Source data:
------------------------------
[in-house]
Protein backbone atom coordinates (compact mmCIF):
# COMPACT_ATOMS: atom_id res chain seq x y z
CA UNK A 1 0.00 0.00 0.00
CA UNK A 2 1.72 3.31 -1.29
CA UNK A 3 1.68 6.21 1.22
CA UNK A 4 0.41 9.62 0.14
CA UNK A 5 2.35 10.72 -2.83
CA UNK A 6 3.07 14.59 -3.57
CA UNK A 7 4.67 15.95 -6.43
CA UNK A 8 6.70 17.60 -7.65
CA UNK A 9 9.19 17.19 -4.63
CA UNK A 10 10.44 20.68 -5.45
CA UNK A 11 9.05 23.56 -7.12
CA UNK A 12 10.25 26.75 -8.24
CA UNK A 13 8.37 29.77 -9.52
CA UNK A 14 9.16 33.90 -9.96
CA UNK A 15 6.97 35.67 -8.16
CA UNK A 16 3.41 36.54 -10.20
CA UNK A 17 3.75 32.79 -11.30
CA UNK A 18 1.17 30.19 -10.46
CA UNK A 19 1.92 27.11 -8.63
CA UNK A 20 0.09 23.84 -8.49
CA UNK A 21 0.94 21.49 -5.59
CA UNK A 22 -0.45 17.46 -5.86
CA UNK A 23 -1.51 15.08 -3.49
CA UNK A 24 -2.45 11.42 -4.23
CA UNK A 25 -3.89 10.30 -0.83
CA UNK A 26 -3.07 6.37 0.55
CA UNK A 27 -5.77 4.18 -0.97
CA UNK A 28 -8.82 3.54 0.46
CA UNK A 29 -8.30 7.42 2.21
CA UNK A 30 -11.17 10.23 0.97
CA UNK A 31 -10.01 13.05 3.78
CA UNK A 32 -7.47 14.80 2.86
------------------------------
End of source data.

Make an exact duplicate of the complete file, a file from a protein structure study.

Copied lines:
[in-house]
Protein backbone atom coordinates (compact mmCIF):
# COMPACT_ATOMS: atom_id res chain seq x y z
CA UNK A 1 0.00 0.00 0.00
CA UNK A 2 1.72 3.31 -1.29
CA UNK A 3 1.68 6.21 1.22
CA UNK A 4 0.41 9.62 0.14
CA UNK A 5 2.35 10.72 -2.83
CA UNK A 6 3.07 14.59 -3.57
CA UNK A 7 4.67 15.95 -6.43
CA UNK A 8 6.70 17.60 -7.65
CA UNK A 9 9.19 17.19 -4.63
CA UNK A 10 10.44 20.68 -5.45
CA UNK A 11 9.05 23.56 -7.12
CA UNK A 12 10.25 26.75 -8.24
CA UNK A 13 8.37 29.77 -9.52
CA UNK A 14 9.16 33.90 -9.96
CA UNK A 15 6.97 35.67 -8.16
CA UNK A 16 3.41 36.54 -10.20
CA UNK A 17 3.75 32.79 -11.30
CA UNK A 18 1.17 30.19 -10.46
CA UNK A 19 1.92 27.11 -8.63
CA UNK A 20 0.09 23.84 -8.49
CA UNK A 21 0.94 21.49 -5.59
CA UNK A 22 -0.45 17.46 -5.86
CA UNK A 23 -1.51 15.08 -3.49
CA UNK A 24 -2.45 11.42 -4.23
CA UNK A 25 -3.89 10.30 -0.83
CA UNK A 26 -3.07 6.37 0.55
CA UNK A 27 -5.77 4.18 -0.97
CA UNK A 28 -8.82 3.54 0.46
CA UNK A 29 -8.30 7.42 2.21
CA UNK A 30 -11.17 10.23 0.97
CA UNK A 31 -10.01 13.05 3.78
CA UNK A 32 -7.47 14.80 2.86